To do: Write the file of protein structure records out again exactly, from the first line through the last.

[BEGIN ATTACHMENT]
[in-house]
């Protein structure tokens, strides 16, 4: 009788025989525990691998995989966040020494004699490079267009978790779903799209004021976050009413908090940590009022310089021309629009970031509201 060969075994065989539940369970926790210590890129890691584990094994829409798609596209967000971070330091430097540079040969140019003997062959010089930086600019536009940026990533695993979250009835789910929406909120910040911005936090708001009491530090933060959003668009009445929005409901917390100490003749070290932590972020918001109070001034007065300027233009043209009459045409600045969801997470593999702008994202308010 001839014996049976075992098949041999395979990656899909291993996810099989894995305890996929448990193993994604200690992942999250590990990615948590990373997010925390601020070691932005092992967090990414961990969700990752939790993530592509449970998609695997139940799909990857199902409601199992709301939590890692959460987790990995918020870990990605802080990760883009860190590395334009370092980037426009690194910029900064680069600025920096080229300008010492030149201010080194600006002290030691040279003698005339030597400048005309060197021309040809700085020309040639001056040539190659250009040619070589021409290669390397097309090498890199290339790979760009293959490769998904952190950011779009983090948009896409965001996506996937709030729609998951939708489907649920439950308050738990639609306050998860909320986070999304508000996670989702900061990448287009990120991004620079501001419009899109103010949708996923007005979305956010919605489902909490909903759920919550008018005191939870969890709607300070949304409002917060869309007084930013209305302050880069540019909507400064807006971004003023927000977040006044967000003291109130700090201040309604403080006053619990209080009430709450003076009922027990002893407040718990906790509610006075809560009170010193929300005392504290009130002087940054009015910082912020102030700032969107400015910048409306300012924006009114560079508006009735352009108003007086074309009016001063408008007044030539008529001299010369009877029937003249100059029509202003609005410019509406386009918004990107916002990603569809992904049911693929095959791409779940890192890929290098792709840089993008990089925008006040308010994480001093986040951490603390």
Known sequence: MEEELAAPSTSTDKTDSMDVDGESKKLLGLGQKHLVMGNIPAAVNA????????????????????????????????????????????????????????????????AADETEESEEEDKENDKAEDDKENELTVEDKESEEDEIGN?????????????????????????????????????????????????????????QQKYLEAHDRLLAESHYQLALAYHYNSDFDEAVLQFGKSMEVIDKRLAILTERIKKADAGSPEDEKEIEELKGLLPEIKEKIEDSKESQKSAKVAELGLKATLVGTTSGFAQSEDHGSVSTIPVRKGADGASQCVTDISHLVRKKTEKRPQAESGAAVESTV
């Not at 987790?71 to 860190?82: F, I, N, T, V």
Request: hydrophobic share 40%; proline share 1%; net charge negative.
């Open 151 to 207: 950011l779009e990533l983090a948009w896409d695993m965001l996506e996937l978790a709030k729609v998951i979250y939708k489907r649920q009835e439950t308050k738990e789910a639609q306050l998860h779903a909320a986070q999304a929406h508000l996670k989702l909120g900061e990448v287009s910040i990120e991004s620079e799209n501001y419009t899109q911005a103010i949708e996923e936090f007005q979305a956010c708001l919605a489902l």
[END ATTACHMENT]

[in-house]
């Protein structure tokens, strides 16, 4: 009788025989525990691998995989966040020494004699490079267009978790779903799209004021976050009413908090940590009022310089021309629009970031509201 060969075994065989539940369970926790210590890129890691584990094994829409798609596209967000971070330091430097540079040969140019003997062959010089930086600019536009940026990533695993979250009835789910929406909120910040911005936090708001009491530090933060959003668009009445929005409901917390100490003749070290932590972020918001109070001034007065300027233009043209009459045409600045969801997470593999702008994202308010 001839014996049976075992098949041999395979990656899909291993996810099989894995305890996929448990193993994604200690992942999250590990990615948590990373997010925390601020070691932005092992967090990414961990969700990752939790993530592509449970998609695997139940799909990857199902409601199992709301939590890692959460987790990995918020870990990605802080990760883009860190590395334009370092980037426009690194910029900064680069600025920096080229300008010492030149201010080194600006002290030691040279003698005339030597400048005309060197021309040809700085020309040639001056040539190659250009040619070589021409290669390397097309090498890199290339790979760009293959490769998904952190950011779009983090948009896409965001996506996937709030729609998951939708489907649920439950308050738990639609306050998860909320986070999304508000996670989702900061990448287009990120991004620079501001419009899109103010949708996923007005979305956010919605489902909490909903759920919550008018005191939870969890709607300070949304409002917060869309007084930013209305302050880069540019909507400064807006971004003023927000977040006044967000003291109130700090201040309604403080006053619990209080009430709450003076009922027990002893407040718990906790509610006075809560009170010193929300005392504290009130002087940054009015910082912020102030700032969107400015910048409306300012924006009114560079508006009735352009108003007086074309009016001063408008007044030539008529001299010369009877029937003249100059029509202003609005410019509406386009918004990107916002990603569809992904049911693929095959791409779940890192890929290098792709840089993008990089925008006040308010994480001093986040951490603390």
Known sequence: MEEELAAPSTSTDKTDSMDVDGESKKLLGLGQKHLVMGNIPAAVNA????????????????????????????????????????????????????????????????AADETEESEEEDKENDKAEDDKENELTVEDKESEEDEIGN?????????????????????????????????????????????????????????QQKYLEAHDRLLAESHYQLALAYHYNSDFDEAVLQFGKSMEVIDKRLAILTERIKKADAGSPEDEKEIEELKGLLPEIKEKIEDSKESQKSAKVAELGLKATLVGTTSGFAQSEDHGSVSTIPVRKGADGASQCVTDISHLVRKKTEKRPQAESGAAVESTV
């Not at 987790?71 to 860190?82: F, I, N, T, V």
Request: hydrophobic share 40%; proline share 1%; net charge negative.
């Open 151 to 207: 950011l779009e990533l983090a948009w896409d695993m965001l996506e996937l978790a709030k729609v998951i979250y939708k489907r649920q009835e439950t308050k738990e789910a639609q306050l998860h779903a909320a986070q999304a929406h508000l996670k989702l909120g900061e990448v287009s910040i990120e991004s620079e799209n501001y419009t899109q911005a103010i949708e996923e936090f007005q979305a956010c708001l919605a489902l």